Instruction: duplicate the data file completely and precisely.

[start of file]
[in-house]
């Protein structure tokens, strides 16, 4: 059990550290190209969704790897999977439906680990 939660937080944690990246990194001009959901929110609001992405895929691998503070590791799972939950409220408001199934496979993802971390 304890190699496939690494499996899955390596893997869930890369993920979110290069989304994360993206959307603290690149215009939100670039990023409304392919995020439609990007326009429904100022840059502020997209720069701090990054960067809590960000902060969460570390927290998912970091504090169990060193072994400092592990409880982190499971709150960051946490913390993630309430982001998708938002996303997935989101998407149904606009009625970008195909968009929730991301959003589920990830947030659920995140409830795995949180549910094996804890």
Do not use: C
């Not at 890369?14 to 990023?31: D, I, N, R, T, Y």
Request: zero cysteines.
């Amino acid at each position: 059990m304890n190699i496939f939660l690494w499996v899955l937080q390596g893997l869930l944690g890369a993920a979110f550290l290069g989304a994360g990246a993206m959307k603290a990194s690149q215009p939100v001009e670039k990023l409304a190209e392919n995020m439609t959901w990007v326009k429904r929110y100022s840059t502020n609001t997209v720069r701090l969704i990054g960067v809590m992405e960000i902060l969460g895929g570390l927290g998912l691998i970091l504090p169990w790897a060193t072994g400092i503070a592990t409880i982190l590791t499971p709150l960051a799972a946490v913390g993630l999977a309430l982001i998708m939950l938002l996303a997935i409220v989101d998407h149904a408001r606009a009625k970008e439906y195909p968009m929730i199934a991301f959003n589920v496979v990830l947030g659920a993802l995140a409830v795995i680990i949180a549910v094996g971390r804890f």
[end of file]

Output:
[in-house]
């Protein structure tokens, strides 16, 4: 059990550290190209969704790897999977439906680990 939660937080944690990246990194001009959901929110609001992405895929691998503070590791799972939950409220408001199934496979993802971390 304890190699496939690494499996899955390596893997869930890369993920979110290069989304994360993206959307603290690149215009939100670039990023409304392919995020439609990007326009429904100022840059502020997209720069701090990054960067809590960000902060969460570390927290998912970091504090169990060193072994400092592990409880982190499971709150960051946490913390993630309430982001998708938002996303997935989101998407149904606009009625970008195909968009929730991301959003589920990830947030659920995140409830795995949180549910094996804890």
Do not use: C
């Not at 890369?14 to 990023?31: D, I, N, R, T, Y």
Request: zero cysteines.
């Amino acid at each position: 059990m304890n190699i496939f939660l690494w499996v899955l937080q390596g893997l869930l944690g890369a993920a979110f550290l290069g989304a994360g990246a993206m959307k603290a990194s690149q215009p939100v001009e670039k990023l409304a190209e392919n995020m439609t959901w990007v326009k429904r929110y100022s840059t502020n609001t997209v720069r701090l969704i990054g960067v809590m992405e960000i902060l969460g895929g570390l927290g998912l691998i970091l504090p169990w790897a060193t072994g400092i503070a592990t409880i982190l590791t499971p709150l960051a799972a946490v913390g993630l999977a309430l982001i998708m939950l938002l996303a997935i409220v989101d998407h149904a408001r606009a009625k970008e439906y195909p968009m929730i199934a991301f959003n589920v496979v990830l947030g659920a993802l995140a409830v795995i680990i949180a549910v094996g971390r804890f």